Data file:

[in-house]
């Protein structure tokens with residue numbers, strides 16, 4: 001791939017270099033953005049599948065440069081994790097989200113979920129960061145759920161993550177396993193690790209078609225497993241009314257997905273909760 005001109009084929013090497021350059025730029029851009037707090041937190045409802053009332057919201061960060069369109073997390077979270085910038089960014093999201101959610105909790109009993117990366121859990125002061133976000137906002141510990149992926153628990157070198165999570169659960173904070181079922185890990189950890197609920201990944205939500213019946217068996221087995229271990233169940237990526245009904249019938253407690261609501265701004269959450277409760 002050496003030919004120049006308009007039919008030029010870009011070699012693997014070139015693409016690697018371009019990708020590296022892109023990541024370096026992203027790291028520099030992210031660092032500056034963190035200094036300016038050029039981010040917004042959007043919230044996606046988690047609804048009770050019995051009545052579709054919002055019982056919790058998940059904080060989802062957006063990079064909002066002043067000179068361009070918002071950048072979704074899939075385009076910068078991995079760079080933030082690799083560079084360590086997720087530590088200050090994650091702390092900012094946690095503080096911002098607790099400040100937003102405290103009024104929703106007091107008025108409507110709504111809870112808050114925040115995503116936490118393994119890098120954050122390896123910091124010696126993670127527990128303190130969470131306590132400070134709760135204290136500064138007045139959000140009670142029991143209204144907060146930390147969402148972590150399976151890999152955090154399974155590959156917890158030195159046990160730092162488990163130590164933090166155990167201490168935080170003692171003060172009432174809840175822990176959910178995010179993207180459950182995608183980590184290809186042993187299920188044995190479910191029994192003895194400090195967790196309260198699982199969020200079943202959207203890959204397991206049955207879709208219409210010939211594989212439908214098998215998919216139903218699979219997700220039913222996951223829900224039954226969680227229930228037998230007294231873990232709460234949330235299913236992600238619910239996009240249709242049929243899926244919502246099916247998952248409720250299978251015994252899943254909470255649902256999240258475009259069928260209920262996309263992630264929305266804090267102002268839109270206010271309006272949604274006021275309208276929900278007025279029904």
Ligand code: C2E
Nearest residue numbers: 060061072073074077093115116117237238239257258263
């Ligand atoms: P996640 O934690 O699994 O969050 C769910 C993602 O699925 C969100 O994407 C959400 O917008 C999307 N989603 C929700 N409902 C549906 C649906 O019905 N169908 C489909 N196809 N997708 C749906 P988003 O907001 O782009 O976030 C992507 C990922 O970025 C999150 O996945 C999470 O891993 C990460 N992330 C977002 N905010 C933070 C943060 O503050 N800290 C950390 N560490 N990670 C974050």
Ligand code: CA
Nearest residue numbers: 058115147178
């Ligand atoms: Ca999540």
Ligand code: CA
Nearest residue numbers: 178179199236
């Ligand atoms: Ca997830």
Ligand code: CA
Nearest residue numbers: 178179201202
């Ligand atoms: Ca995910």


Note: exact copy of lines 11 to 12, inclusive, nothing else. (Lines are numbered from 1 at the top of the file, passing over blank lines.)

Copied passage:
């Ligand atoms: Ca997830």
Ligand code: CA